You may be at home but it's still a job interview and this is your opportunity to give a professional first impression - this means dressing appropriately. You should wear the same outfit you would have chosen for a face-to-face meeting with the employer. Although you should think about how your clothes will look on screen and avoid busy patterns and stripes for example. For advice on what to wear take a look at how to prepare for an interview.
You should avoid slouching, moving too much or touching your face. Instead employers will be looking for you to make good eye contact, smile, listen and take an interest in what they're saying. To help you do this your camera should be at eye level and you should look into it rather than at the screen.
You also need to think about the lighting as it won't be a great interview if you can't be properly seen. To ensure you don't get a shadow either use natural light from a window or put a lamp in front of the camera and adjust the distance to get the best result.
A few days before the interview you should test the computer, camera and any software that you've been asked to use. Make sure the picture is clear and the sound quality is good. It's also worth checking your internet connection and ensuring that nothing on the day will affect it.
One of the most common interview methods, competency-based interviews are popular with recruiters as they enable employers to compare candidate's life-for-like. Find out how to prepare for this type of interview
Competency-based interviews (also known as structured, behavioural or situational interviews) are designed to test one or more skills or competencies. The interviewer has a list of set questions (each focusing on a specific skill), and your answers will be compared to pre-determined criteria and marked accordingly.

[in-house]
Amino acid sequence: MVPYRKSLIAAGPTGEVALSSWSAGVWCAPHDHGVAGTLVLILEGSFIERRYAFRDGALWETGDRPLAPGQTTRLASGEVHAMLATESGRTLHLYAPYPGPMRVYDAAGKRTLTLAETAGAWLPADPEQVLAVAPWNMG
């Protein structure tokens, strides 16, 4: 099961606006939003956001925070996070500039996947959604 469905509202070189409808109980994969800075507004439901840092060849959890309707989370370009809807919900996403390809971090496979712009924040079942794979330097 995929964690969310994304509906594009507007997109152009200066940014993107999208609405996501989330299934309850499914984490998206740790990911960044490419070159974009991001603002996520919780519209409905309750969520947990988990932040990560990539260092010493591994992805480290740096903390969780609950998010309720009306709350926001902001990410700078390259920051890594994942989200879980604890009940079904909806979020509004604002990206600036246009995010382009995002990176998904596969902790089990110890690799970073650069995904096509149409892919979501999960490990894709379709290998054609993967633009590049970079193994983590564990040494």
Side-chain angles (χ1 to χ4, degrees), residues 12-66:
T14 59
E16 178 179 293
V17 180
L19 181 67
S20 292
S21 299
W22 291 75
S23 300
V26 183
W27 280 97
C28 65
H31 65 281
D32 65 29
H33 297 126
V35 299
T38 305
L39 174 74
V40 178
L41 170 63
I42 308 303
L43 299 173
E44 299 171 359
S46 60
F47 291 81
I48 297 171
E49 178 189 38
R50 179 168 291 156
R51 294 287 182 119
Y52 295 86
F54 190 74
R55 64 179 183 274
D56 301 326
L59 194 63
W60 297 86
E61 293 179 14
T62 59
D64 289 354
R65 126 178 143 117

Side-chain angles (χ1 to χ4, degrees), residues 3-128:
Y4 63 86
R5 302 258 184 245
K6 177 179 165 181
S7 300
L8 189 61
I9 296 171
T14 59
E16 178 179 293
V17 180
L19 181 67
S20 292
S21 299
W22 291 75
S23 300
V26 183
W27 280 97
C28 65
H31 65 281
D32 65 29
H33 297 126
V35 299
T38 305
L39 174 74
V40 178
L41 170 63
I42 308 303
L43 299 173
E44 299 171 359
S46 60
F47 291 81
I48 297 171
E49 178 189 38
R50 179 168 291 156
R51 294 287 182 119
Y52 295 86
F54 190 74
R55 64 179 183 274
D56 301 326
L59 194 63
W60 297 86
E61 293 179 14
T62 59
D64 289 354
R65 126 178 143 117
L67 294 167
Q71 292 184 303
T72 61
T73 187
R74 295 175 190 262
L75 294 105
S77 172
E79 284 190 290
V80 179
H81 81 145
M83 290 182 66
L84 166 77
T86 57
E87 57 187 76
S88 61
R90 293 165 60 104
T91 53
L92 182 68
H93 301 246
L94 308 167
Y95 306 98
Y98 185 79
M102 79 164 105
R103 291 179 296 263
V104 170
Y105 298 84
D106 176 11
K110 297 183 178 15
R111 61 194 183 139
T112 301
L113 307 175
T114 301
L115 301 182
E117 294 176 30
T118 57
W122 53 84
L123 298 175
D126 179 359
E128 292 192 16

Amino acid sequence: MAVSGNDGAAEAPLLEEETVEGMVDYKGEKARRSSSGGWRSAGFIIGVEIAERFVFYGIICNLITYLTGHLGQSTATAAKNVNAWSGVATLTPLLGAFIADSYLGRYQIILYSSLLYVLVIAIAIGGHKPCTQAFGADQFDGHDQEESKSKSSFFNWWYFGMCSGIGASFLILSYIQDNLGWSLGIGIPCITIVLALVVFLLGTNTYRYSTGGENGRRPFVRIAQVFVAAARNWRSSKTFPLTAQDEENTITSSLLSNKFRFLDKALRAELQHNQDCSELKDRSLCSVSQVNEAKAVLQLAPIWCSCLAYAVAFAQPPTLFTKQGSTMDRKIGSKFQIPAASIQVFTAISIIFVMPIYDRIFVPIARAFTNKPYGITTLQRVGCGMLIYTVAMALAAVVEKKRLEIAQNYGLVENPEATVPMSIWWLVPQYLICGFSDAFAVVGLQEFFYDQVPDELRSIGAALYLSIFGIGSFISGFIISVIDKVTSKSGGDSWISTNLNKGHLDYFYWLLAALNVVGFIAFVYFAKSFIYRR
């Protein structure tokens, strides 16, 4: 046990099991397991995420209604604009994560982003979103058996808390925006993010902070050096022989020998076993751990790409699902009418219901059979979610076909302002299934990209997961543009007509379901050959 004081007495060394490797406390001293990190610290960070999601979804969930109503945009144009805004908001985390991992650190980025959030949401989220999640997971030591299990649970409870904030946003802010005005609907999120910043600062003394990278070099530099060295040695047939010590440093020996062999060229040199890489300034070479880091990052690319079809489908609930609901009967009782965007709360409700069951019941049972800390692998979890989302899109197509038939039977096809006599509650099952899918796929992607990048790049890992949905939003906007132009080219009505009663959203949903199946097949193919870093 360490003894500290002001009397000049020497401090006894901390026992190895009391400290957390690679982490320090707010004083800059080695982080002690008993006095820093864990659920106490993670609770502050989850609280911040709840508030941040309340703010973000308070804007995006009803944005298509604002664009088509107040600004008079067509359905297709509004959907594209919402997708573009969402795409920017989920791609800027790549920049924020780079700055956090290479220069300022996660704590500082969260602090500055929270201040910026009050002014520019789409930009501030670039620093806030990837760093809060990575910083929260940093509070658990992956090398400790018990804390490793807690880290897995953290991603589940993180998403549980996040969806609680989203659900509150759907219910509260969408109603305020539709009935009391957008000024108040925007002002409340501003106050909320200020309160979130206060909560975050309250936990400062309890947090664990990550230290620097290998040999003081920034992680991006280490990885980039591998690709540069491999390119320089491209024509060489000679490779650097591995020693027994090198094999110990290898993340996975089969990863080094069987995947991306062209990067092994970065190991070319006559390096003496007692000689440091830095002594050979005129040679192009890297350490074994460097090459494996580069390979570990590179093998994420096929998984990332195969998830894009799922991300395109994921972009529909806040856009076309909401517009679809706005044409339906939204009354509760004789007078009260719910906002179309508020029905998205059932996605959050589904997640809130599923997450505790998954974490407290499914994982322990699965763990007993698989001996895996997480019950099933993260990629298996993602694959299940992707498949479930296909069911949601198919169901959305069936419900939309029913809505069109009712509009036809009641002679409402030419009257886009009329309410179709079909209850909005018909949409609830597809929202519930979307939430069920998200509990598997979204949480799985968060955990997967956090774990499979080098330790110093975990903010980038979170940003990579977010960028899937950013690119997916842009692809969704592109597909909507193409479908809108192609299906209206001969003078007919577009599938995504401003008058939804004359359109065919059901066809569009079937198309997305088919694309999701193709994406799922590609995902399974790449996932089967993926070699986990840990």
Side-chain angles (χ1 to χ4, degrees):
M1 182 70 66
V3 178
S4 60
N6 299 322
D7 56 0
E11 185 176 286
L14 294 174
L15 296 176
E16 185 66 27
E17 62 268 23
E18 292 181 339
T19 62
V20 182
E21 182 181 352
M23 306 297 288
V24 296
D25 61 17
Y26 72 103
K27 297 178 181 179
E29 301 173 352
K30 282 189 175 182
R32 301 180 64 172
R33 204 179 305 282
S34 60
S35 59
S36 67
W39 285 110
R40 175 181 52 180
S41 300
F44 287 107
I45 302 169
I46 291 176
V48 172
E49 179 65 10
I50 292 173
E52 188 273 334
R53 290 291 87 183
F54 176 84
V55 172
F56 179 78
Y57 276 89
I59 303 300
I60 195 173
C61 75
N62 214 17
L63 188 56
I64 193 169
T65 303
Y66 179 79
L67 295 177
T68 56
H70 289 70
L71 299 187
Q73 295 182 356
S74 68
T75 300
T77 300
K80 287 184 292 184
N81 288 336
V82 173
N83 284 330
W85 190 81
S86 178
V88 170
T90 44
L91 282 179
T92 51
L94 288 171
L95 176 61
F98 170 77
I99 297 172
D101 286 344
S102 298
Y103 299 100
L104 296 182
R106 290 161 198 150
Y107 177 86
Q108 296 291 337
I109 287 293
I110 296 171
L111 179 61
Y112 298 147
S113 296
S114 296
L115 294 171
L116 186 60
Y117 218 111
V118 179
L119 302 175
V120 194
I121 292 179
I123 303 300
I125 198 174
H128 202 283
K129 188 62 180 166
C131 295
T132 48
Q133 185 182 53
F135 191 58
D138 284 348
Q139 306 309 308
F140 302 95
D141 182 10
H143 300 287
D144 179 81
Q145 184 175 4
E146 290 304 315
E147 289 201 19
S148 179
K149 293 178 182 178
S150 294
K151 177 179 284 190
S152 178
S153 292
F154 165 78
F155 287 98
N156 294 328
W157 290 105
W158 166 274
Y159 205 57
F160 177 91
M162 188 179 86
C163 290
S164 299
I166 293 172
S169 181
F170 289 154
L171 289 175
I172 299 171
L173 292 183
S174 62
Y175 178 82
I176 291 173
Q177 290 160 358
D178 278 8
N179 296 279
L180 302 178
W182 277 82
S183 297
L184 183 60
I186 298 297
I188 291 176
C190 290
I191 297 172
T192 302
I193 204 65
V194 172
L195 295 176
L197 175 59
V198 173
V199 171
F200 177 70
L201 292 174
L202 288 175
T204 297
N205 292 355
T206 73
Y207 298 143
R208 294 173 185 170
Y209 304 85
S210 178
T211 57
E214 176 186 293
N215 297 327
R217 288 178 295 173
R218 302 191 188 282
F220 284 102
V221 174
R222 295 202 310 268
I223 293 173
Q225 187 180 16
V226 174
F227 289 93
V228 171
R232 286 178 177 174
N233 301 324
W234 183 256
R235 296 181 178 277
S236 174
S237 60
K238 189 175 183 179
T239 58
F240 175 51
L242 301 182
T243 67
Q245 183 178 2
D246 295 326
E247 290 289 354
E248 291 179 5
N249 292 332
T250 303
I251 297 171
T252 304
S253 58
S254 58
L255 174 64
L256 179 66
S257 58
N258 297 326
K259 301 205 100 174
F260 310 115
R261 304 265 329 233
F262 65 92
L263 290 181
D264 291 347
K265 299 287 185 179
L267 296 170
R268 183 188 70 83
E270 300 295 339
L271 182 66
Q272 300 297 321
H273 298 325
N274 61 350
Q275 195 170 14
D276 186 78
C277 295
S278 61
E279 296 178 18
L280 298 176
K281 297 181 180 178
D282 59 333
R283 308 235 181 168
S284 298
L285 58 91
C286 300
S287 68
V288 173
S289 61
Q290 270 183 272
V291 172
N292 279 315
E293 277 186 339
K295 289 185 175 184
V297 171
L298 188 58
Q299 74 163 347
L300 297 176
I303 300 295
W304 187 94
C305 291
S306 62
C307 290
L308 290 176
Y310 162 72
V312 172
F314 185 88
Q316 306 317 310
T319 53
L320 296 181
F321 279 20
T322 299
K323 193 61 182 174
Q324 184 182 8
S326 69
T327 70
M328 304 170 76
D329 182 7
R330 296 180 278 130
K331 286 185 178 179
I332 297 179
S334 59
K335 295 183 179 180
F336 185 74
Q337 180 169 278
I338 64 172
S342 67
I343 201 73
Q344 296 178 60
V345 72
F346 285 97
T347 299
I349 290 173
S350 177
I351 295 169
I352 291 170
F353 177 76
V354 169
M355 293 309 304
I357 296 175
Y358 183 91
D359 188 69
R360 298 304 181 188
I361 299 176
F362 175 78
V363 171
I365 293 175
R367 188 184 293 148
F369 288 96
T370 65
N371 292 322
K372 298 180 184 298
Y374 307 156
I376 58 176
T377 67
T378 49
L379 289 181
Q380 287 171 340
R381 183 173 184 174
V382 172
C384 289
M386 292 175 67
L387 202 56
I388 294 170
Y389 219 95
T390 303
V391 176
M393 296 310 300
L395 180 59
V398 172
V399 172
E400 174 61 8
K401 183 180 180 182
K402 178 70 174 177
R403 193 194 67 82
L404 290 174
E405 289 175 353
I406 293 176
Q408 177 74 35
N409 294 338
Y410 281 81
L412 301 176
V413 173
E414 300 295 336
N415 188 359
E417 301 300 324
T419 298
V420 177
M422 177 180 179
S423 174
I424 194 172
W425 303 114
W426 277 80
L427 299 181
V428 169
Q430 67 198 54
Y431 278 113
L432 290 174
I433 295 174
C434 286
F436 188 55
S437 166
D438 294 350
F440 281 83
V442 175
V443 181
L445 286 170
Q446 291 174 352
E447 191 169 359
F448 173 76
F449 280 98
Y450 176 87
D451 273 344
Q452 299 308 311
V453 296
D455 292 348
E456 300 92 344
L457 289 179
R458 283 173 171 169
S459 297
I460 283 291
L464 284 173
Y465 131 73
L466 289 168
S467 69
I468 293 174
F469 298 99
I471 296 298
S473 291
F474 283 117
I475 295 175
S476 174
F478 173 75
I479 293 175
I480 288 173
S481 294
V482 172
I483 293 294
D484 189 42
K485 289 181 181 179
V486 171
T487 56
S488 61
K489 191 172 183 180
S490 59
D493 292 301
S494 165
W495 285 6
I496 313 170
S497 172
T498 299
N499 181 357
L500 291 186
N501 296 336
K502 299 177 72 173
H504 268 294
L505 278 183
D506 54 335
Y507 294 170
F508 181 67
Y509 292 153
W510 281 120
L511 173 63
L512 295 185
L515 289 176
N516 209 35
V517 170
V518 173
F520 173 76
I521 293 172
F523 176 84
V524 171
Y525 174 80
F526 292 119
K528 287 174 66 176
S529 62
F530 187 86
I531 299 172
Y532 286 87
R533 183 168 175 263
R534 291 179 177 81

Competency interviews work on the principle that past behaviour is the best indicator of future performance. They can be used by employers across all sectors but are particularly favoured by large graduate recruiters, who may use them as part of an assessment centre. Competency-based may be the most common type of interview.
They differ to normal or unstructured interviews, which tend to be more informal. In unstructured interviews recruiters often ask a set of random, open-ended questions relevant to the job, such as 'what can you do for the company?' to get an overall impression of who you are. A competency-based interview is more systematic and each question targets a skill needed for the job.
Key competencies regularly sought after by employers include:
Learn to structure the story using the STAR technique. This means setting the scene, explaining how you handled the situation by placing the emphasis on your role, and detailing the outcome/result. STAR Technique The acronym STAR stands for: Situation, Task, Action, Result It is a widely recognised technique designed to enable you to provide a meaningful and complete answer to questions asking for examples. At the same time, it has the advantage of being simple enough to be applied easily. March 2018 Many interviewers will have been trained in using the STAR structure. Even if they have not, they will recognise its value when they see it. The information will be given to them in a structured manner and, as a result, they will become more receptive to the messages you are trying to communicate.
Situation: 10-15% of your answer Describe the situation that you were confronted with or the task that needed to be accomplished. Set the context. Make it concise and informative, concentrating solely on what is useful to the story. Don’t give unnecessarydetail.
Task: 10-15% of your answer Drill down. What were you responsible for? Be really specific. Make sure the task links back to the skill you are evidencing.